An interview with Brett Fidoe

I was really nervous and we was sharing the dressing room with Nate Campbell and his team. He saw I was nervous and said “You nervous boy?”

Two years after first entering a gym Brett Fidoe had reached just 13 years of age when he had his first bout as an amateur boxer. For the next 3 years, inspired by the world of boxing that seemed to live and breath around him, especially through his two boxing cousins Ernie and Billy Smith, Fidoe boxed in 18 amateur bouts.

He made his professional debut aged 21 after a 5 year break from the sport and after a tough start grabbed his first professional win in his third pro fight.

Sixty four fights later, and following a career that has seen him take on the likes of former English Bantamweight Champion Thomas Essomba, Don Broadhurst who was the BBBofC Midlands Area Super Flyweight Title holder and current Midlands Flyweight contender Matt Windle (whom he beat on points), Fidoe is about to challenge for a Midlands Area Title.

Action shot!! Fidoe (right) takes on Gower at Walsall Town Hall

Now residing in Evesham the Midlands born boxer has found his boxing home at Eastside Boxing in Birmingham where, under Jon Pegg, his boxing is really beginning to show true promise. Four wins and one draw in his last five fights have cemented Fidoe’s claim for title contention and he now looks forward to challenging for the BBBofC Midlands Area Title on 29th March 2019.

The talented featherweight, also known as Brett ‘The Threat’ Fidoe but who also described himself in a recent facebook post as Brett ‘The Upset’ Fidoe, took a moment out to talk to MBC ahead of what many believe is the biggest fight of his career.

MBC – Do you remember how you felt before your first pro fight in Hartlepool back in 2012? What was that like?

“Mate. I remember it like yesterday. I was buzzing, wasn’t one bit nervous..just wanted to get in there and f**k him up, but obviously that didn’t happen, but I had all the Board saying how good a debut that was.
I think I may of got over anxious as I’d been out the ring for about 6 years.”

MBC – You stopped Mushtaq in Bham in your third fight and had that points win in Swindon in your sixth fight. You knew what it felt like to win during your early career. And then that win in Kings Cross the following year. That must have been amazing. And also you were the first boxer to beat Brad Watson after he’d just won 10 straight.

“Yes I did, but to be honest I just wanted to earn some money win, lose or draw… And the Watson fight I was buzzing for that. The more the boxer the better I perform. But I got to a point in my career where I wasn’t motivated for 4 or 6 rounders anymore and wouldn’t train as much. But then I got thinking about my fights and something just clicked and I said to myself, most of these kids who beat me I shouldn’t be losing to them. So started training more and thought ‘let’s have ago.’ And it’s showing so far. Come March 29th I’ll be Midlands Champ.”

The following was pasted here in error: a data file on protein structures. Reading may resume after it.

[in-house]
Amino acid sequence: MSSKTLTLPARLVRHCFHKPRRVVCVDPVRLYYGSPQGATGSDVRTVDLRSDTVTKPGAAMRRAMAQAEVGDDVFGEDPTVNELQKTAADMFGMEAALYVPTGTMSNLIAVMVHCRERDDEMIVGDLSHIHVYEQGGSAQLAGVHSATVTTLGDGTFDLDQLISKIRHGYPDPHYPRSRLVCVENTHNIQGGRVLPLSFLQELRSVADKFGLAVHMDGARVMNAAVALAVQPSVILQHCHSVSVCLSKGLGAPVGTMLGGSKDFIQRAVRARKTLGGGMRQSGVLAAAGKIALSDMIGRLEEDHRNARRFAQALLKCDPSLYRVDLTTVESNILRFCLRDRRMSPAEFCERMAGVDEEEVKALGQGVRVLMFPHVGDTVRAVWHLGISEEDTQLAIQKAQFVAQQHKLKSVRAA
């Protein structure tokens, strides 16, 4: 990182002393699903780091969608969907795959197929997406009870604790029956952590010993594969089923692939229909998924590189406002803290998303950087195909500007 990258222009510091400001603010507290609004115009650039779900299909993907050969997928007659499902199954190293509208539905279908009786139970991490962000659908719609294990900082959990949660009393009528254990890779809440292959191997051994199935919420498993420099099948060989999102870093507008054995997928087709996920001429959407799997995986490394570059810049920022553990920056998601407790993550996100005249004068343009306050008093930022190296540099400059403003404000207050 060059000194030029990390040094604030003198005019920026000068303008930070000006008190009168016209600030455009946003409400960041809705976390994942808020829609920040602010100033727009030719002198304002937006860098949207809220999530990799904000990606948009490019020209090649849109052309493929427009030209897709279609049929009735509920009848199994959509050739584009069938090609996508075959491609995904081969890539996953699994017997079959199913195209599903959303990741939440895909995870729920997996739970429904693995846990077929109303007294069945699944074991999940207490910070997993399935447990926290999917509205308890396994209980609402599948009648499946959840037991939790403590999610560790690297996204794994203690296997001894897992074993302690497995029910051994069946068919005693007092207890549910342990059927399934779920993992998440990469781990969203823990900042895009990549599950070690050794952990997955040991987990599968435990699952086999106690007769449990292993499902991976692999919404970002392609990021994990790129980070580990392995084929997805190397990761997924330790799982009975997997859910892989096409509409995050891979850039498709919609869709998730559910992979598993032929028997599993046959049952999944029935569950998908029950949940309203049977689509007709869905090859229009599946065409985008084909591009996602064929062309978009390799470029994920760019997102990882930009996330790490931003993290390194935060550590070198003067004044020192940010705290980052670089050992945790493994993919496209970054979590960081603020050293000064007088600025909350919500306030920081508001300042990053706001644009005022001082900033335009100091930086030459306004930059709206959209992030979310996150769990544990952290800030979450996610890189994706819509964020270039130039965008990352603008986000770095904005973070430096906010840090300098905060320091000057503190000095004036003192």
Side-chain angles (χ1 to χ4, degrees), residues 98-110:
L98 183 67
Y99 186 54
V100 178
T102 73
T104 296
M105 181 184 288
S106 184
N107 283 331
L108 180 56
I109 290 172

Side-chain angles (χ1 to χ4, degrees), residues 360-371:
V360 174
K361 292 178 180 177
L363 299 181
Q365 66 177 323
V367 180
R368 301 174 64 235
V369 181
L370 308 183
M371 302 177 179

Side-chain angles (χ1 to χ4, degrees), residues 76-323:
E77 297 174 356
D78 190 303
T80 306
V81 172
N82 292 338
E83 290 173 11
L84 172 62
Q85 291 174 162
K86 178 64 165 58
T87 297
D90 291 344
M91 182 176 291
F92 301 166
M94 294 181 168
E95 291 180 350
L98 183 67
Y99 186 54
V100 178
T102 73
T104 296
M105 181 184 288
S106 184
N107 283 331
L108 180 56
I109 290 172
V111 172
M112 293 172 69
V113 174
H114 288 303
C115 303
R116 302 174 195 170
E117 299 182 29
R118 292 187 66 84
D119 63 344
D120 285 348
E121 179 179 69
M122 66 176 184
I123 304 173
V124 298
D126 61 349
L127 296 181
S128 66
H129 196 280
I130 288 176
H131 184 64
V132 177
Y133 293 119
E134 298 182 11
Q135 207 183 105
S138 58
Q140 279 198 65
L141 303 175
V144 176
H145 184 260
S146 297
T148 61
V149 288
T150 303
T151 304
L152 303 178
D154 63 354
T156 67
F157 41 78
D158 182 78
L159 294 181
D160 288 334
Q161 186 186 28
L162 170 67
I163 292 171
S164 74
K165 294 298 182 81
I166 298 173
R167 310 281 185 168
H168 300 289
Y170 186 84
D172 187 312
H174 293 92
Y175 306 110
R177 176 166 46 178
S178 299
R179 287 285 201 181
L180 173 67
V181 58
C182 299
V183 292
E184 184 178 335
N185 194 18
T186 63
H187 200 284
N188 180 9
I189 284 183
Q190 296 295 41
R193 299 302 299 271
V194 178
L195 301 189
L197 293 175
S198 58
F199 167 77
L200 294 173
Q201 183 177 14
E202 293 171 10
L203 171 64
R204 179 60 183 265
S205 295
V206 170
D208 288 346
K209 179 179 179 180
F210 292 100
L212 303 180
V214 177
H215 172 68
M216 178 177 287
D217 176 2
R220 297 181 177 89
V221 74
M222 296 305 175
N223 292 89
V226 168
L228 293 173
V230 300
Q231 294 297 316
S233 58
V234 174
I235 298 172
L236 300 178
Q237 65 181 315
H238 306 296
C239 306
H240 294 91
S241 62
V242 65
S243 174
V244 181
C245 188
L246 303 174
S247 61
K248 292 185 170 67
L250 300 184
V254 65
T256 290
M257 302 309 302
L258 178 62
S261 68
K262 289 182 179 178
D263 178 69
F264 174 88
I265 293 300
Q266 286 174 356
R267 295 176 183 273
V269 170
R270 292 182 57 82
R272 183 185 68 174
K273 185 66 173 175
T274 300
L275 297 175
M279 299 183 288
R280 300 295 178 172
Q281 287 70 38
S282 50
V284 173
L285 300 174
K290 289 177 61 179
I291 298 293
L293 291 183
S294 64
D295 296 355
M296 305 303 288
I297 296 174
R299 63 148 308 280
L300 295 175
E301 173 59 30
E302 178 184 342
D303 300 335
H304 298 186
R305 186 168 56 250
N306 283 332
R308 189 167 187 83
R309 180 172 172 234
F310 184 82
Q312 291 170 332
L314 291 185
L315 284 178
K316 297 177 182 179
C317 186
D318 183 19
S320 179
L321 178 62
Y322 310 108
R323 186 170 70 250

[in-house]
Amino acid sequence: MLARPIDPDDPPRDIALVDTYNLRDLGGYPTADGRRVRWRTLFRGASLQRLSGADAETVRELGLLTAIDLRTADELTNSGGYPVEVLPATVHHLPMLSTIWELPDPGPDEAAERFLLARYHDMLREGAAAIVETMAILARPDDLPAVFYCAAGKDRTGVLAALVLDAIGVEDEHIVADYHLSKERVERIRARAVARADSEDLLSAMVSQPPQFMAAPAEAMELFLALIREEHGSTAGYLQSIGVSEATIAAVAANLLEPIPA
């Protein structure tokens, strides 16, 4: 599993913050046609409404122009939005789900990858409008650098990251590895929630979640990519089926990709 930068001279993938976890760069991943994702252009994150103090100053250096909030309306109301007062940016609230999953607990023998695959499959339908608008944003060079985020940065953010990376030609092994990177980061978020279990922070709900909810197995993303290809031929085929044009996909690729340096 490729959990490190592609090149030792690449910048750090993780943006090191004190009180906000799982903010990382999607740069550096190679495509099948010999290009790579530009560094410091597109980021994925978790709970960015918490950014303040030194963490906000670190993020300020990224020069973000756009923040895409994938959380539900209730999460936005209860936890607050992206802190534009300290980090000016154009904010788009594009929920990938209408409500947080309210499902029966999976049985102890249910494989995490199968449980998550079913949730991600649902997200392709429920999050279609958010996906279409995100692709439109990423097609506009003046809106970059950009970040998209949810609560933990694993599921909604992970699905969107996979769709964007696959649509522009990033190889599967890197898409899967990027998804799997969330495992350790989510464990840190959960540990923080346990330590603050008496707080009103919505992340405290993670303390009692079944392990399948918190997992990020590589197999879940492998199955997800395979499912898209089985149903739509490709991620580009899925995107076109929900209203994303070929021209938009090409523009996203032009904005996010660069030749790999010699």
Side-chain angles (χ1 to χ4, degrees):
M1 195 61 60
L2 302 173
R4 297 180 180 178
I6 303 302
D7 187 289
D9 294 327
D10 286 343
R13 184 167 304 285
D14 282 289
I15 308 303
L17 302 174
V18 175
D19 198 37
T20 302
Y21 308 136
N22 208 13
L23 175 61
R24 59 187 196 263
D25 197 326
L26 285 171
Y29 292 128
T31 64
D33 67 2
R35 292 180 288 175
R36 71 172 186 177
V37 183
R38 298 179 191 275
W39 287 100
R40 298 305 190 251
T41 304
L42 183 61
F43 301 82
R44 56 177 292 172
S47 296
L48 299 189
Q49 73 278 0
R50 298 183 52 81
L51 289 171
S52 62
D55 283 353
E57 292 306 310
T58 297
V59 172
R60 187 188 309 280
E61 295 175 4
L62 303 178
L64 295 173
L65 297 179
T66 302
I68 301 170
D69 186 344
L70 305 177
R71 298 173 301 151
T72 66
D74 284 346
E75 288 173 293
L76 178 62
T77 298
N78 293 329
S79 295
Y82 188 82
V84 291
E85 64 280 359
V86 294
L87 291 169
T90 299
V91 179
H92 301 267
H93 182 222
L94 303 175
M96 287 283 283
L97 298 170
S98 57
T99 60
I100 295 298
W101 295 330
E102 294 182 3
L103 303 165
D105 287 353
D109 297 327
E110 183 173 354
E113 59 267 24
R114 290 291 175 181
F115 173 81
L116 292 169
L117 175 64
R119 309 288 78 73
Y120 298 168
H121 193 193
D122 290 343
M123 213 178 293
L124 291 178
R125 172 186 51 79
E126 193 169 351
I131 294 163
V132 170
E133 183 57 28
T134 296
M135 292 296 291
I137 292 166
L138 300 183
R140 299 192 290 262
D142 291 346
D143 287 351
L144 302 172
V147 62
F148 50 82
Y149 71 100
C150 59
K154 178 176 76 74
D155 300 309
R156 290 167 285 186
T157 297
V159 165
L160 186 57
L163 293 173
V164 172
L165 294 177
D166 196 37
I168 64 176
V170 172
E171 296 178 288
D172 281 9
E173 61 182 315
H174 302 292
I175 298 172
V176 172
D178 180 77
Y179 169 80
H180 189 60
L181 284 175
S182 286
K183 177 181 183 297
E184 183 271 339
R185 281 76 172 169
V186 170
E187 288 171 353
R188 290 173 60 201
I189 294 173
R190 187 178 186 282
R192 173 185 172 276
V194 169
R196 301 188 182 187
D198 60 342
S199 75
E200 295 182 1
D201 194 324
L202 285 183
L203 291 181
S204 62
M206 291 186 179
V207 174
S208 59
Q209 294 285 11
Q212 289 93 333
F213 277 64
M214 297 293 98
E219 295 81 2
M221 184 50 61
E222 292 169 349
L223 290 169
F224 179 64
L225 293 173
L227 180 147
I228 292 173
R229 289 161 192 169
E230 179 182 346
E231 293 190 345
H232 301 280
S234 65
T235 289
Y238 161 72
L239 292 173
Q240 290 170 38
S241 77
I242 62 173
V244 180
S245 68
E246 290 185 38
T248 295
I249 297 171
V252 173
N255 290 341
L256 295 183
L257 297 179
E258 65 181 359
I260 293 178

Another shot from the Gower fight.

MBC – Something must have clicked with you and the team? Training? Experience? What is it?

“Just started training more. And sparring more. And Jon got me doing more runs with him. Licky Hill, it’s a killer. The team has always told me that I’m capable of fighting for the British. So really it was just down to me to get myself in the gym more”

Licky Hills? What the hell is that (laughter) and when you do win the title is there anyone in particular that will come to mind? Anyone that you will think of as either inspirational or encouraging for the journey that you’ve been on or that after 66 fights, when you’re about to fight your 3rd title fight you think about?

“Licky Hills, its a running session..Mate, I’ve boxed with loads of inspirational fighters such as Kristian Laight. What an achievement. Lewis van Poetsch also made the 100 mark last weekend.

“But there’s one that I’ve never forgot.

“I was boxing Haroon Khan on the Amir Khan vs Julio Diaz bill in Sheffield. It was my first television fight. I was really nervous and we was sharing the dressing room with Nate Campbell and his team. He saw I was nervous and said “You nervous boy?”

“Yes.” I replied. “

“How many fight you had?”

“Can’t remember.” I didn’t have many at the time. “

“He said “Listen, take some deep breaths to calm yourself down and just enjoy the moment when you get out there. Just enjoy yourself in the ring.”

“And his Trainers called me Sparky (laughs). After the fight the one trainer watched it and said “Daaaaam!! You little sparky (laughs). But I’ve met a few good people on my journey so far.”

MBC – That’s an amazing story. And we’ve watched Kristian Laight a few times too.

“He’s a good lad.”

MBC – so, you might not want to give too much away, but I still would like to ask if there’s anything in particular you’re gonna be focusing on in your training ahead of the fight?

“Now that would be telling (laughs). Just that who ever watches the fight – it’s gonna be fireworks for sure.”

MBC – We can’t wait. and we wish you the best. You’ve been brilliant. Thanks for sharing